In this work many of the acknowledged doctrines of the church of England are undoubtedly maintained with great force of argument, but there are other points in which he afforded just ground for the suspicions alleged against him; and that this was the opinion of many divines of that period | appeared from the answers to his “Appeal” published by, It Dr. Matthew Sutcliffe, dean of Exeter. 2. Mr. Henry Burton in his “Plea to an Appeale,” Lond. 1626, 4to. 3. Mr. Francis Rous, afterwards provost of Eton college, in his “Testis Veritatis,” ibid. 1626, 4to. 4. Mr. John Yates, B. D. formerly fellow of Emanuel college in Cambridge, afterwards minister of St. Andrew’s in Norwich, in his book entitled “Ibis ad Caesarem,” ibid. 1626, 4to. 5. Mr. Anthony Wotton, professor of. divinity in Gresham college. 6. Dr. Daniel Featly, in his “Pelagius Redivivus; or, Pelagius raked out of the ashes by Arminius and his scholars,” ibid. 1626, 4to. This book contains two parallels, one between the Pelagians and Arminians; the other between the church of Rome, the appealer, Mr. Mountagu, and the church of England, in three columns; together with a writ of error sued against the appealer. 7. Dr. George Carleton, bishop of Chichester, in his “Examination of those things, wherein the author of the late Appeale holdeth the doctrines of the Pelagians and Arminians to be the doc-” trines of the church of England," ibid. 1626, 4to.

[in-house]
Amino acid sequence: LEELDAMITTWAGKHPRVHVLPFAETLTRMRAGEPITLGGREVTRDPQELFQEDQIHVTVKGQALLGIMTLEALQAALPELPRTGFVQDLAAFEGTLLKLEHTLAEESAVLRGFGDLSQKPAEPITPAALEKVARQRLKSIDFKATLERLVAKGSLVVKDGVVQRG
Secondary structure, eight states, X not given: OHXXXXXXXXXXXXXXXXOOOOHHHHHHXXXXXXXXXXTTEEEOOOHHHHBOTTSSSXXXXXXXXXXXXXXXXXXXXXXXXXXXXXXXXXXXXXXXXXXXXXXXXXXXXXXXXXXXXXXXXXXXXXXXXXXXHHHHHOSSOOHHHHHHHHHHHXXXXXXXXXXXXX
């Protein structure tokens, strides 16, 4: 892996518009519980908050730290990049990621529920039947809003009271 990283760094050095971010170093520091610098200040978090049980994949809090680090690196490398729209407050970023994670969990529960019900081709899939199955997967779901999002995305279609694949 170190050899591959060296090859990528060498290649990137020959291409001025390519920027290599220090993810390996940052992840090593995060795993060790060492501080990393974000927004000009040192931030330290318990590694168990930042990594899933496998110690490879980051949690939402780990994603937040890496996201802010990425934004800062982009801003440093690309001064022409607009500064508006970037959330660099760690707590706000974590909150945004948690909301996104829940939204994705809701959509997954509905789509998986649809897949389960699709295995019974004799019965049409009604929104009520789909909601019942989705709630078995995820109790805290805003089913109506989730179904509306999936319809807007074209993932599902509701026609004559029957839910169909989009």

The controversy, however, was not to be left to divines, who may be supposed judges of the subject. The parliament which met June 18, 1625, thought proper to take up the subject, and Mr. Mountagu was ordered to appear before the House of Commons, and being brought to the bar July 17, the speaker told him, that it was the pleasure of the House, that the censure of his books hould be postponed for some time; but that in the interim he should be committed to the custody of the serjeant at arms. He was afterwards obliged to give the security of 2000l. for his appearance. The king, however, was displeased with the parliament’s proceedings against our author and bishop Laud applied to the duke of Buckingham in his favour Mr. Mountagu also wrote a letter to that duke, entreating him to represent his case to his majesty; and this application was seconded some few days after by a letter of the bishops of Oxford, Rochester, and St. David’s, to the duke. In the next parliament, in 1626, our author’s Appello Ca3sarem“was referred to the consideration of the committee for religion, from whom Mr. Pym brought a report on the 18th of April concerning several erroneous opinions contained in it. Upon this it was resolved by the House of Commons, 1.” That Mr. Mountagu had disturbed the peace of the church, by publishing doctrines, contrary to | the articles of the church of England, and the book of homilies. 2. That there are clivers passages in his book, especially against those he calleth puritans, apt to move sedition betwixt the king and his subjects, and between subject and subject. 3. That the whole frame and scope of his books is to discourage the well-affected in religion from the true religion established in the church, and to incline them, and, as much as in him lay, to reconcile them to popery." And accordingly articles were exhibited against him; but it does not appear, that this impeachment was laid before the House of Lords, or in what manner the Commons intended to prosecute their charge, or how far they proceeded. Rush worth, after much inquiry, could not find that Mr. Mountagu was brought to his defence, or that he returned any answer to the articles.